By Doug Gray, Senior Reporter
RIO DE JANEIRO – Despite reports to the contrary over the last few weeks, months, indeed years, Help Discoteca in Copacabana is still open, and seemingly doing better than ever.
It is testament to the global reputation of the huge club on Avenida Atlantica that so many news column inches have been devoted to reporting its potential closure, dating back as far as 2006. It is also a testament to the complexities of interests that it remains open until the start of 2010.
Opened in 1984, the brainchild of Chico Recarey and at the time the largest club in South America, it symbolized all that was decadent about Rio de Janeiro in the 1980s. Today, however, it is known to many around the world as the epicenter of Rio de Janeiro’s sex trade, and as such has courted controversy with locals desperate to clean up their neighborhood despite the legal nature of its business.
While operating brothels is outlawed in Brazil, getting paid or indeed paying for sex is entirely legal. The government has stood by the position – as recently as 2005 it turned its back on US anti-HIV aid to the tune of $40m by refusing to sign the anti-prostitution pledge that accompanied it. Never-the-less, the idea of having such a famous symbol of prostitution in an area designated as a focal point for the 2016 Olympics has become increasingly controversial for them.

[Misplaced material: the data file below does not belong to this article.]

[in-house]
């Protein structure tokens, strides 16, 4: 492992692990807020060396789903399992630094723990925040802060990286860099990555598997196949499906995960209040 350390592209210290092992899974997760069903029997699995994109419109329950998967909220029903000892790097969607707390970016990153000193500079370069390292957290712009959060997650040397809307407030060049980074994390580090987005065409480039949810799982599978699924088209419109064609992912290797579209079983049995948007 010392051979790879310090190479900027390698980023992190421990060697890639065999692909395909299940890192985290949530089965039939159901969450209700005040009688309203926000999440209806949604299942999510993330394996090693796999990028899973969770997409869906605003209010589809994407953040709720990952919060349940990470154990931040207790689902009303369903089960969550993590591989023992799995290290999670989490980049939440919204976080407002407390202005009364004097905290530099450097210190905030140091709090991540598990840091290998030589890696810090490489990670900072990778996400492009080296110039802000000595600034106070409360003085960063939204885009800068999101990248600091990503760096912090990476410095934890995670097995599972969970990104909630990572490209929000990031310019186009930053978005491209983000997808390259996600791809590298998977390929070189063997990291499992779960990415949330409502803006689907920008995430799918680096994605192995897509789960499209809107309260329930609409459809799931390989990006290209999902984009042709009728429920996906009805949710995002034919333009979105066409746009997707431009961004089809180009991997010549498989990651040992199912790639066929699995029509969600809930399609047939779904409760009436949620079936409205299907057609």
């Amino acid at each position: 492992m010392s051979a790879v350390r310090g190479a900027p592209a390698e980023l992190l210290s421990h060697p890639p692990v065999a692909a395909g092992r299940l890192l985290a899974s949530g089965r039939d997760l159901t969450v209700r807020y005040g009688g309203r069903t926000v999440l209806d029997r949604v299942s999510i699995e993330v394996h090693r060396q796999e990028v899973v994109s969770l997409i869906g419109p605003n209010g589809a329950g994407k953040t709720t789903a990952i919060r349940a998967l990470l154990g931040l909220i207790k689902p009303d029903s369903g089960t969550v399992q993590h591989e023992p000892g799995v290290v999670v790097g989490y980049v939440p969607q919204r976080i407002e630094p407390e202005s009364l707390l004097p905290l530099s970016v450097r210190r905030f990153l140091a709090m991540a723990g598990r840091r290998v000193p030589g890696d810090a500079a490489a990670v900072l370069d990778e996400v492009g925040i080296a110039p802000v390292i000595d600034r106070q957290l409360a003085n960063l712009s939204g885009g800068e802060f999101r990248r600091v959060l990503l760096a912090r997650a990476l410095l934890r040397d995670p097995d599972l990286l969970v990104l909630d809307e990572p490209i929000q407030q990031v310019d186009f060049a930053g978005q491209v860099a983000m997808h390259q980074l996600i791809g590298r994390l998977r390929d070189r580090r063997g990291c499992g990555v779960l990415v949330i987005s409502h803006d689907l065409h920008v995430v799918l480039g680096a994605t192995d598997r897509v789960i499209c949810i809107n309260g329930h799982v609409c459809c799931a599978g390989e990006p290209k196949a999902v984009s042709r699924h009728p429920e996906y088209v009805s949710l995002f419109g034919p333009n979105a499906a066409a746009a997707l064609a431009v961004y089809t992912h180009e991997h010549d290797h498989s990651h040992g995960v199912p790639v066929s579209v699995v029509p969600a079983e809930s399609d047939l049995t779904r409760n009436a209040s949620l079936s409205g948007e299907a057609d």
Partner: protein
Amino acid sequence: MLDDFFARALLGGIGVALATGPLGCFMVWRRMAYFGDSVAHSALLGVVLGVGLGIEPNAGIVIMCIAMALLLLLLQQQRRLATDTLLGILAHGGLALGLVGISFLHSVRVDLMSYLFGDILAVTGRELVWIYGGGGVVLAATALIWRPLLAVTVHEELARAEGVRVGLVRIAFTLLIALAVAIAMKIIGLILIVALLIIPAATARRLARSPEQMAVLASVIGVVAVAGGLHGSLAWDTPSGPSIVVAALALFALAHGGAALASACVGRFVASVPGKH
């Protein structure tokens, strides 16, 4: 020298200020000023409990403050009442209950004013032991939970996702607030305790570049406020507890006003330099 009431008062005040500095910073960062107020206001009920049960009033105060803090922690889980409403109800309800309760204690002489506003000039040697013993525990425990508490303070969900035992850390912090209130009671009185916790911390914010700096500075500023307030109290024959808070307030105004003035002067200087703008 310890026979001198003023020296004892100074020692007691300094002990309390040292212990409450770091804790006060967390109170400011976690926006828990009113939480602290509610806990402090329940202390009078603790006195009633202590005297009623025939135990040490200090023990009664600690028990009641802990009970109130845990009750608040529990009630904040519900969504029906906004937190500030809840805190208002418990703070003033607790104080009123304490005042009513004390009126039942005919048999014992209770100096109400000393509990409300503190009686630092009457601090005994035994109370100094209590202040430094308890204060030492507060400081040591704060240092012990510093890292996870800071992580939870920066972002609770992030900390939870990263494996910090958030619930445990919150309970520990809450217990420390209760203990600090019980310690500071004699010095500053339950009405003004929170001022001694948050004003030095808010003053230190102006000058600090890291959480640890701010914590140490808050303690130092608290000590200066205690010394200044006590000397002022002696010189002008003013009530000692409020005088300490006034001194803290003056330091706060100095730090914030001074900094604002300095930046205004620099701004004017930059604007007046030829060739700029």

Promotion of sex tourism is also illegal in Brazil, although something of a legal gray area and easily circumvented, and President Lula and Sergio Cabral will be at pains to keep it even further than arms length from any Olympic entanglement that could impact on the positive effects of Rio de Janeiro’s hosting of The Games.
The date for the final demolition of Help is yet to be set, but will be held off until at least January 2010 after Governor Cabral announced the latest delay last week. A tribunal that was held for the workers at the club found in their favor, awarding them more time – including the profitable Christmas period – to find new work.
What is certain, however, is that in its place will be built the Museum of Sound and Image after an international competition was held for the design of the replacement building. Installing an equally iconic building to the site has of course in turn brought its own controversies, but the ultra-modern new museum looks to cut short any “saudades” that might be felt for the old premises and what it came to represent.